We spent an hour or so enjoying the beautiful ballpark. Not only is National’s Park gorgeous, the atmosphere was buzzing with the enthusiasm that only comes with being a contender. The Nats have the best record in the big leagues. I’ve watched at least parts of all of their games on MASN and now I was finally getting the opportunity to see them in person. The magic number was 6 at start of play on September 23. All year I have watched the dominant pitching staff make National League hitters look silly. Stephen Strasburg, Gio Gonzales, Jordan Zimmerman, And Edwin Jackson make up a rotation that has been the envy of baseball. So who do we get to see towing the rubber on this beautiful day??? Some guy named Chien-Ming Wang. I should have viewed it as an omen of things to come, but, lost in the moment, I celebrated the diversity that is big league baseball in 2012. It was time for lunch.

We settled on Hebrew National hot dogs, a side of nachos and a Sam Adams Oktoberfest draft. Then it was time to go find our seats. Donnie had told me that we would be sitting on the second level between home plate and first base. I naturally conjured up images of myself catching numerous fowl balls off the bats of fooled Brewer right handed hitters. What I hadn’t counted on was A. the inability of Chien-Ming Wang to fool hitters, and B. the physical impossibility for a baseball to travel from the field of play to the location of our seats. See, my brother is not able to buy baseball tickets or anything else on-line. He says that this is because he is afraid someone will steal his identity. What that actually means is…he doesn’t know how. If he did he could have gotten on the Nationals’ fine, easy-to-use website and picked out a seat that in fact WAS on the second level between home plate and first base. No, Donnie prefers talking to a real person, the human interaction crucial to our well-being. So, he bought our tickets from “Flo” in promotions.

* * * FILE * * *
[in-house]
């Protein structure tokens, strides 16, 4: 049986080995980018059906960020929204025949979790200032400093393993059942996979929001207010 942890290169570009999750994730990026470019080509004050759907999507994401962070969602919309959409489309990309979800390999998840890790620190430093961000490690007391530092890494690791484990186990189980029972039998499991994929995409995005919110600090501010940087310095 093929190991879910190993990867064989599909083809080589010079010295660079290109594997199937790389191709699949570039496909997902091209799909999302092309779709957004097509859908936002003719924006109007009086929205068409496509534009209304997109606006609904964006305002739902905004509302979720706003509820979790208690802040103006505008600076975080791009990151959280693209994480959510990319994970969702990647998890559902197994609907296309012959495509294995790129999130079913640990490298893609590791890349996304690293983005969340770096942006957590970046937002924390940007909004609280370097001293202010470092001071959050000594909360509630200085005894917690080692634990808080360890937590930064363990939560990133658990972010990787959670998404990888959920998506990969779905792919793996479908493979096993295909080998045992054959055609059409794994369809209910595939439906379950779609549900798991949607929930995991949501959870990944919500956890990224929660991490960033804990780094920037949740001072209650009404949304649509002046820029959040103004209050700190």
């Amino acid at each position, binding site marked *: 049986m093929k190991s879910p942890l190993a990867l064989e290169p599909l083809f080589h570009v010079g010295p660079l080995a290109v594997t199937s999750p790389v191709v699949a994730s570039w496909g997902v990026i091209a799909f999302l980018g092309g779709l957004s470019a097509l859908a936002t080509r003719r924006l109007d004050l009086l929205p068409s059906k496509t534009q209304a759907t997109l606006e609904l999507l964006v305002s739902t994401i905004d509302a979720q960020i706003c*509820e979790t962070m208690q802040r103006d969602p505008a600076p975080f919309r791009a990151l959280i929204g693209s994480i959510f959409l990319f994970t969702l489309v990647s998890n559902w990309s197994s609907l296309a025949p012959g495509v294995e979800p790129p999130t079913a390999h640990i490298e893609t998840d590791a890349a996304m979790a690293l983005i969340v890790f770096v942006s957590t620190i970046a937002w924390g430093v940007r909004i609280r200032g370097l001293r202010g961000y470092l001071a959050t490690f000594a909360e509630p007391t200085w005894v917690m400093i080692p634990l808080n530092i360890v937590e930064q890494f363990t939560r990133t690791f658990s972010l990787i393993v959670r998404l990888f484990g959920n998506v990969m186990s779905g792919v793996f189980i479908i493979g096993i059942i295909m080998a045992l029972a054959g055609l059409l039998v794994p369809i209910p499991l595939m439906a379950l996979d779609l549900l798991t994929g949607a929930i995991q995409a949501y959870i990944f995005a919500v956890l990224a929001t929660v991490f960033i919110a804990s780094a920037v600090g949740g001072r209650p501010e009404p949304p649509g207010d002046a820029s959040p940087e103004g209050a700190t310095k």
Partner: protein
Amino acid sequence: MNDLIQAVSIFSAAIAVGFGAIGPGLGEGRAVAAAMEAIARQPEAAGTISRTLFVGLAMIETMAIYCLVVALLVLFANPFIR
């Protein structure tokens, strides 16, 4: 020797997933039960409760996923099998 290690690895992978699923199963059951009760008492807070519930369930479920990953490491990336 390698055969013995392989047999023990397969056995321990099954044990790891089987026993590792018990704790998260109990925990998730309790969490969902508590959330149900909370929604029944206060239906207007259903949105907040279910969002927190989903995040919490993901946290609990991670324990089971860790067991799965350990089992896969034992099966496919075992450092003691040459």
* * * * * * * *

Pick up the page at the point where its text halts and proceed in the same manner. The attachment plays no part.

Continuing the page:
We began our climb at roughly 12:55. We were in section 321. The signs were confusing. There were rumors of an escalator, but we couldn’t find it. Instead, we took the winding switchback walkways and followed the arrows pointed upward. After twenty minutes or so, and after passing the disturbing skeletal remains of a long dead Senators fan, we finally arrived at our seats. We were on the front rail of the nose-bleed section roughly a thousand feet from the first base bag. Bob Uecker was making fun of our seats. But, it didn’t matter. We were at a big league baseball game, and I was having a blast. Then it got ….weird.